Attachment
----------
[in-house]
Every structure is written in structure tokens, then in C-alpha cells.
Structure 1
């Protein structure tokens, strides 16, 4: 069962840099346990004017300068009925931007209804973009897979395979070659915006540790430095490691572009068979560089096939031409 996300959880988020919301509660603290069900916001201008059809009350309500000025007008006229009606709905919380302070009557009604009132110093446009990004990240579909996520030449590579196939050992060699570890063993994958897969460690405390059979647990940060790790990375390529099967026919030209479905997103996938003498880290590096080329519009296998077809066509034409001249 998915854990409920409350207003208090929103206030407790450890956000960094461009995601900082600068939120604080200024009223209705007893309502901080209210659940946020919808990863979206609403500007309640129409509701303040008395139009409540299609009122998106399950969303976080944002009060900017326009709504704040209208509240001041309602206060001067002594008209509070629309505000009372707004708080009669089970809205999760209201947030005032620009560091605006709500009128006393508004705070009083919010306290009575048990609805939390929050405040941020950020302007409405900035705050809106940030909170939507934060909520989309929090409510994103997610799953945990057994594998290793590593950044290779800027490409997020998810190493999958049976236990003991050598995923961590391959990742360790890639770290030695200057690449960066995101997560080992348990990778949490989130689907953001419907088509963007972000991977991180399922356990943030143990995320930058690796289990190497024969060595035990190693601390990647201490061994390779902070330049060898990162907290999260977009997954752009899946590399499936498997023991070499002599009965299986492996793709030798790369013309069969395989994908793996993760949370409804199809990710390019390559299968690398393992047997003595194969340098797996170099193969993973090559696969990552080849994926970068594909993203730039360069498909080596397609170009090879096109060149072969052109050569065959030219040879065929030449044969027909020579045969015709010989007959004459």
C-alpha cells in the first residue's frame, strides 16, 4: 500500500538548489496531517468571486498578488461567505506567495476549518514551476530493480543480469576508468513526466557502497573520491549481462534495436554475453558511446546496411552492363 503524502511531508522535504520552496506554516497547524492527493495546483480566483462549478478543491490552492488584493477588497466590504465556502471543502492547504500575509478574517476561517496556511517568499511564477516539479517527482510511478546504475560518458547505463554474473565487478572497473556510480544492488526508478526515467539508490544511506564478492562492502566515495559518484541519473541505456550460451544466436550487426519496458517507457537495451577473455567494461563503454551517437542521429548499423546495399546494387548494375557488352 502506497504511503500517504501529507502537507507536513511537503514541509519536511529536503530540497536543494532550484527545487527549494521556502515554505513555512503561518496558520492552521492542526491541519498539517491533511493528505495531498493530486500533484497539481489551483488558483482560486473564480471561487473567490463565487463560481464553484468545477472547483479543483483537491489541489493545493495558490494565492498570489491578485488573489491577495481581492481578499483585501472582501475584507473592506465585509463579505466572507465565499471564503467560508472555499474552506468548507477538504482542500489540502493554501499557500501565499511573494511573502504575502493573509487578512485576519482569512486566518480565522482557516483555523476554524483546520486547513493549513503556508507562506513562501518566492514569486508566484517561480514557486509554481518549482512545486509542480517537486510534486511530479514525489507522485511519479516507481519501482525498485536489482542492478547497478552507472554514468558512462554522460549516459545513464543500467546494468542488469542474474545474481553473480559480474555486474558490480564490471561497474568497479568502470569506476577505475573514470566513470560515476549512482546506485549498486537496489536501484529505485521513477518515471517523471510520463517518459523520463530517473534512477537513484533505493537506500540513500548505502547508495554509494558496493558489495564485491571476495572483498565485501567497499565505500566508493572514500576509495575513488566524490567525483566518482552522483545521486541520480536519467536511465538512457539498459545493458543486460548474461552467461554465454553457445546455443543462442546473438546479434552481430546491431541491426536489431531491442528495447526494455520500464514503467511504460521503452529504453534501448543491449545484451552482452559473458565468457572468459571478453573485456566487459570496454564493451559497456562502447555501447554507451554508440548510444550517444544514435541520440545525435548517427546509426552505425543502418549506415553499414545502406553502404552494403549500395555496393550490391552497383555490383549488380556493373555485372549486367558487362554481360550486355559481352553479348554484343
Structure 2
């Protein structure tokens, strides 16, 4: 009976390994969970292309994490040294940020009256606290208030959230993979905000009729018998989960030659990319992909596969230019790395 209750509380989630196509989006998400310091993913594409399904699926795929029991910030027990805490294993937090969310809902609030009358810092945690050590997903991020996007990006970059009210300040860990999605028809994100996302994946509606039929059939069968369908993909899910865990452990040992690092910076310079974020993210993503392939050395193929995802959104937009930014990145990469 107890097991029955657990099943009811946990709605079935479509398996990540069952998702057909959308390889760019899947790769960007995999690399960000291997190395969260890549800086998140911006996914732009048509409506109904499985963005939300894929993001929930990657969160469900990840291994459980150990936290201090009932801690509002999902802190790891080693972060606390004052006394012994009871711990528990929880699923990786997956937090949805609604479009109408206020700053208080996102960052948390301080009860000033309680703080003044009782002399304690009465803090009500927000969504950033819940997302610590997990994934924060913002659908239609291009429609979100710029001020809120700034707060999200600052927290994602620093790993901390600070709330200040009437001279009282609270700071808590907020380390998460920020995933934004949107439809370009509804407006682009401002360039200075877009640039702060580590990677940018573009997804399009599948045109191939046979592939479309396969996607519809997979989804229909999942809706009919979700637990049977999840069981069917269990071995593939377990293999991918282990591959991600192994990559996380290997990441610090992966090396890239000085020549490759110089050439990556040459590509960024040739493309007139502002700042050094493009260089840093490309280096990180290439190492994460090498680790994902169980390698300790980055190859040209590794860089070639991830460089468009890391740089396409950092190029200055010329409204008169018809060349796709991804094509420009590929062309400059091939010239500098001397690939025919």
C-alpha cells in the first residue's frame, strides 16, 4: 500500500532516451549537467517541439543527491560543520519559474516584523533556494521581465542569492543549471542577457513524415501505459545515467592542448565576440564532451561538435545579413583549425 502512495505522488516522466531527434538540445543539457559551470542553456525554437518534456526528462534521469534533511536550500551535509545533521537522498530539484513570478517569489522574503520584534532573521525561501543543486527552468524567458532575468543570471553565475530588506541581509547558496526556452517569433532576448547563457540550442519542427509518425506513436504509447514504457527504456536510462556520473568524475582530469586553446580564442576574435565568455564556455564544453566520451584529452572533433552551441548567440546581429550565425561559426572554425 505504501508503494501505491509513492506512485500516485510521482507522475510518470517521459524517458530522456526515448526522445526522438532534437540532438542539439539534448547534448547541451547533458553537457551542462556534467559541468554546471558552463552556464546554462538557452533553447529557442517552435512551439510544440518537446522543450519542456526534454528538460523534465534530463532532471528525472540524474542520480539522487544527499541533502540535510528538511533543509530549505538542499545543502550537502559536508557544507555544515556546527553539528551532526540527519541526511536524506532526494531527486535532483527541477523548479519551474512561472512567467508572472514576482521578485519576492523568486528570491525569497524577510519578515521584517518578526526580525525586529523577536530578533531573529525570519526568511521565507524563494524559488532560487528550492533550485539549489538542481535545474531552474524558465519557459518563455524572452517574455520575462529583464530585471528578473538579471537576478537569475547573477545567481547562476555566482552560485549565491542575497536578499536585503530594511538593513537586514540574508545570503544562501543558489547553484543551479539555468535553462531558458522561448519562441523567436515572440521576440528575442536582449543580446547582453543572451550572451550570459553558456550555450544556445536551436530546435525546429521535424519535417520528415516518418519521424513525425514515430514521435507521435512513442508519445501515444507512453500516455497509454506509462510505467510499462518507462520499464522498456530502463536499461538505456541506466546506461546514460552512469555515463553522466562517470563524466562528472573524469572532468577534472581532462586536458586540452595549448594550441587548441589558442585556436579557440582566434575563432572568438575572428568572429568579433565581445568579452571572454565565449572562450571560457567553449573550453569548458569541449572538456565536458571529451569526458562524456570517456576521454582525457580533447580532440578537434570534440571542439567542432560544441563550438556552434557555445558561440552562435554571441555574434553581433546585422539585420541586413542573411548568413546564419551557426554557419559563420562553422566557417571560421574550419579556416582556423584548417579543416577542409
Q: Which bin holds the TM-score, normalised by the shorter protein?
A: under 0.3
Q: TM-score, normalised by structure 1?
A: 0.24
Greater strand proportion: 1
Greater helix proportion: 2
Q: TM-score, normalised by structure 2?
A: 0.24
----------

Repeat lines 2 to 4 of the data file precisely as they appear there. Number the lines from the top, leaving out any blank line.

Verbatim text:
Every structure is written in structure tokens, then in C-alpha cells.
Structure 1
């Protein structure tokens, strides 16, 4: 069962840099346990004017300068009925931007209804973009897979395979070659915006540790430095490691572009068979560089096939031409 996300959880988020919301509660603290069900916001201008059809009350309500000025007008006229009606709905919380302070009557009604009132110093446009990004990240579909996520030449590579196939050992060699570890063993994958897969460690405390059979647990940060790790990375390529099967026919030209479905997103996938003498880290590096080329519009296998077809066509034409001249 998915854990409920409350207003208090929103206030407790450890956000960094461009995601900082600068939120604080200024009223209705007893309502901080209210659940946020919808990863979206609403500007309640129409509701303040008395139009409540299609009122998106399950969303976080944002009060900017326009709504704040209208509240001041309602206060001067002594008209509070629309505000009372707004708080009669089970809205999760209201947030005032620009560091605006709500009128006393508004705070009083919010306290009575048990609805939390929050405040941020950020302007409405900035705050809106940030909170939507934060909520989309929090409510994103997610799953945990057994594998290793590593950044290779800027490409997020998810190493999958049976236990003991050598995923961590391959990742360790890639770290030695200057690449960066995101997560080992348990990778949490989130689907953001419907088509963007972000991977991180399922356990943030143990995320930058690796289990190497024969060595035990190693601390990647201490061994390779902070330049060898990162907290999260977009997954752009899946590399499936498997023991070499002599009965299986492996793709030798790369013309069969395989994908793996993760949370409804199809990710390019390559299968690398393992047997003595194969340098797996170099193969993973090559696969990552080849994926970068594909993203730039360069498909080596397609170009090879096109060149072969052109050569065959030219040879065929030449044969027909020579045969015709010989007959004459």